Get your fix of live music

Susan and I have put our house concerts on hold. But one of our favorite groups—Danika and The Jeb—are staging online shows. The duo hosted their first concerts was Saturday with follow-up events on Tuesday, March 24. Get your front-row seat here.

Local scene: Susan and I joined a Noce concert Friday night via Facebook Livestream featuring Max Wellman, Steve Charlson, and Tina Haase Findlay. And one point, more than 300 were logged in. Supportive emojis showered the screen.

Support your neighborhood restaurants

Eatery owners are getting creative to offset the lack of dine-in service. Here’s what a few of our favorite restaurants have created for carryout dining:

  • Aposto, Sherman Hill — Tony Lemmo’s “Italian Family Meal” package, feeds 6 to 8 adults. I wish I could email a “scratch and sniff” of the baked cavatelli we picked up Wednesday evening. Heavenly! And it’s not complete without Tony’s fabulous homemade dressing and salad. Order here

  • St. Kilda Surf & Turf, East Village — Alex Hall will have his place open 8 a.m. to 7 p.m. for curbside pickup, or FREE delivery on orders of $25 or more. Folded eggs are my go-to breakfast choice, chicken souvlaki for lunch. Order here.

  • Baratta’s, South Side — Joe’s Gatto’s restaurant on South Union Street has eight pasta dinners available for carryout or delivery. We’re fans of the Southwest pasta with Italian sausage. Order here.

  • Full Court Press, various locations — Most of the 12 restaurants in Jeff Bruning’s group now offer curbside service for carryout orders. “We believe that as this goes on, will see an uptick in the desire for curbside service and are adjusting accordingly,” Jeff says. Order here.

Plus, this is a perfect time to share your neighborhood restaurant with others! Why not check with your favorites? We’ll start a listing you can reference anytime. Be sure to get note:

  • kitchen hours

  • whether or not they deliver and how much they charge

  • a favorite or two of yours or a friend

  • their preferred means of ordering such as a website or phone number.

Virtual 5k Race—a first

The Friendly Sons of St. Patrick moved forward with plans for Saturday’s 5k race—with a few spins to comply with health and safety guidelines. Instead of a 9 a.m. gun signaling the start at the Sands Volleyball Club, this year’s runners will be on their honor to email or text their times. Your course, your start, your finish, your timing. Supply your own bananas, yogurt, or cookies at the finish.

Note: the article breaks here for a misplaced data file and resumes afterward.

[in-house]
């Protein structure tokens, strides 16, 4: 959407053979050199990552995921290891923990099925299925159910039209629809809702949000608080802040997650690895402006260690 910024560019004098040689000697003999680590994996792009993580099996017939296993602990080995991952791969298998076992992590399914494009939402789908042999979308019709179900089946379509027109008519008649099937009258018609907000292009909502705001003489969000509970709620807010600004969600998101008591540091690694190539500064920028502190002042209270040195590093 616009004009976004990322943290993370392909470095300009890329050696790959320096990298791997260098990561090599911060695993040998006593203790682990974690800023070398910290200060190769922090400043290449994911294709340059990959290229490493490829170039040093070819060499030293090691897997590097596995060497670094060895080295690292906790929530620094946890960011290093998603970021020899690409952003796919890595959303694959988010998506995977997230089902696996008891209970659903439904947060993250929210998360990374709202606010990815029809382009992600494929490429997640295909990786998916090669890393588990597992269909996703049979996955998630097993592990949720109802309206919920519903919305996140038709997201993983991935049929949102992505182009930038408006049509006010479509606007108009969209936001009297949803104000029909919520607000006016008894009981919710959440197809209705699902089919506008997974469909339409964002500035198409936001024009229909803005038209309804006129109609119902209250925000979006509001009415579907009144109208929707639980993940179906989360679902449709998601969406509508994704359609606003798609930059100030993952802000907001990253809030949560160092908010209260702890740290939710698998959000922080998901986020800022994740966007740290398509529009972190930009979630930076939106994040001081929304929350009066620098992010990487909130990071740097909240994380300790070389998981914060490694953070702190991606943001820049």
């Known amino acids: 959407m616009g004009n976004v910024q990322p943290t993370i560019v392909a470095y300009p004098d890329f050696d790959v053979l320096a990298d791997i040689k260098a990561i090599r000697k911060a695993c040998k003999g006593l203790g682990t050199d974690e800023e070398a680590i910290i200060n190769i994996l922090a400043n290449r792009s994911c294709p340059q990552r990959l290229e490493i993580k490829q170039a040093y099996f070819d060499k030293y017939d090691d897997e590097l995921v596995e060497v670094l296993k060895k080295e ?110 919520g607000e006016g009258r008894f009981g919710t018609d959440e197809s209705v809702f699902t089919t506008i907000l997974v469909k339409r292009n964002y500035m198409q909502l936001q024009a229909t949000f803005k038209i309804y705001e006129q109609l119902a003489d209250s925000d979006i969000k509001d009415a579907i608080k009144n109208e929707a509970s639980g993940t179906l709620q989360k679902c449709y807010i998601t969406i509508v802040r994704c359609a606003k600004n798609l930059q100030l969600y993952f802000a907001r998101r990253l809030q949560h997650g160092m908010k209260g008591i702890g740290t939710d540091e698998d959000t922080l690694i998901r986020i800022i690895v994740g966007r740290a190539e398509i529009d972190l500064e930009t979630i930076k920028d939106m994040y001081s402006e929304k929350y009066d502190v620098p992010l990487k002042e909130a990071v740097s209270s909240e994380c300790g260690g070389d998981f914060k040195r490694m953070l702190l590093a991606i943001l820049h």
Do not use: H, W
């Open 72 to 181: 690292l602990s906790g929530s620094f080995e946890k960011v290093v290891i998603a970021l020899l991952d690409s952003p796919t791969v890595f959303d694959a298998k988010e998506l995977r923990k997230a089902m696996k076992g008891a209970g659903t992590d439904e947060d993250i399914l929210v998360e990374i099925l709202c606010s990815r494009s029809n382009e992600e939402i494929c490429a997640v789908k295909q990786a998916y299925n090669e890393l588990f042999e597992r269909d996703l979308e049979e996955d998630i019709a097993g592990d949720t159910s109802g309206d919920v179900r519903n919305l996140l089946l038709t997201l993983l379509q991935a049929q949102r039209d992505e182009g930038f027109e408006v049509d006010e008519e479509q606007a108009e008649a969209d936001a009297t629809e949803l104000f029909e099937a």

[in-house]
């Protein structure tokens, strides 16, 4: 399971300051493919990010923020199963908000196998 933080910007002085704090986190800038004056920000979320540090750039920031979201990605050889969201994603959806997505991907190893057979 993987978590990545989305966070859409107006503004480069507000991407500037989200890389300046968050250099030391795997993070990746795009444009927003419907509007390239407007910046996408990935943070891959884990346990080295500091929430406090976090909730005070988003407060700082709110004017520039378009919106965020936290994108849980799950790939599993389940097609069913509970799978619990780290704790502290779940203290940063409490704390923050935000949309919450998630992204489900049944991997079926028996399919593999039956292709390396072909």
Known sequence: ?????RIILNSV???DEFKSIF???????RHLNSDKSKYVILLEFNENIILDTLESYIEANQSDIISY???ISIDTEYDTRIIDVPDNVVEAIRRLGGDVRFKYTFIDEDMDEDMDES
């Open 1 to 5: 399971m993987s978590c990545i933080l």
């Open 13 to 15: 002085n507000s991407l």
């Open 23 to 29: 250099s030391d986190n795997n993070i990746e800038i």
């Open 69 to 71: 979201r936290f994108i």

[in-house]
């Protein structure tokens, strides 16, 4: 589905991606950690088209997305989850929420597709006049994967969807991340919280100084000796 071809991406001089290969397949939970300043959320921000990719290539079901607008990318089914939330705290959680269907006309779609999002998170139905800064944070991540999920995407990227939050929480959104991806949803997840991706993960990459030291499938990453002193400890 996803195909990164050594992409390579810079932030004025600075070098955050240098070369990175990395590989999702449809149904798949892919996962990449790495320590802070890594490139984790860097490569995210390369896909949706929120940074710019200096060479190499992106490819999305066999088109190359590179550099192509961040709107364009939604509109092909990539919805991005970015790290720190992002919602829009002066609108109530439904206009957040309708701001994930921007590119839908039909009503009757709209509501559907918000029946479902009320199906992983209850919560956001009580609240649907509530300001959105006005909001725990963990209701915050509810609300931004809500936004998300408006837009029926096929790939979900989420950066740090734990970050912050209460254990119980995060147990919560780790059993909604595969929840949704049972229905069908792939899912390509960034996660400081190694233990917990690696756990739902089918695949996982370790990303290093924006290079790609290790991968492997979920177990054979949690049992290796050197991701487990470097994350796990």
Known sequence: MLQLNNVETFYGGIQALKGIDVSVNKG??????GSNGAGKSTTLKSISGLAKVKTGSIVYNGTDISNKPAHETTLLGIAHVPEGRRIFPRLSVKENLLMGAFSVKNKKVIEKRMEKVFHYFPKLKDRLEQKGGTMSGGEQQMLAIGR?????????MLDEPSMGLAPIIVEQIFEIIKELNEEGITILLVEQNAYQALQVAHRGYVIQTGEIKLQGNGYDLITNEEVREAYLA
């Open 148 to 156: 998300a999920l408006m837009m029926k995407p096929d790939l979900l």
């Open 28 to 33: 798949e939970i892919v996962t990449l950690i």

Al Gross and I ran at 7 am and finished in 29:18. Jim Lawson served as our course marshal, starter, timer, and SDE (social distance enforcer).


Update: Sustainability Program Manager

In February, the Des Moines Civil Service and the Des Moines City Council approved 40 candidates for this new city position. The selection process remains underway. Filling this position was a recommendation of the Citizens Taskforce on Sustainability. 

The walking/biking trail from Gray’s Lake to Mullet’s is undergoing a $7.8 million relining of nearly 4,000 feet of a sewer line between the Southwest 9th Street viaduct to the confluence with the Des Moines River (near Mullet’s). In Phase I, underway since late last year, Maryland-based Spiniello Companies employees have worked about 16 feet beneath the trail throughout the winter. When completed in another four or six weeks, the 78-inch-diameter storm sewer will have a new 1 ½-inch-thick geopolymer lining. The process—far cheaper than installing a new sewer line—requires specialty equipment. Follow progress here. Work on Division II is scheduled to begin this summer.


On our weekend runs, Ron Ricker’s Running Club (RRRC) solves most of the world’s problems—or so we think. But in our collective wisdom, we’ve yet to land on an explanation to hoarding toilet paper.

I’m reminded of our Nana’s household on South Governor Street in Iowa City, where she single-handedly raised five children (no Social Security, no ADC) following our grandfather’s early death in 1928. Toilet paper was at a premium then, too—and not always in the budget. Second choice: dress patterns! “Is it okay to use a FRONT on my back?” Uncle Joe was reported to have shouted from the bathroom.

Keep calm, and wipe on!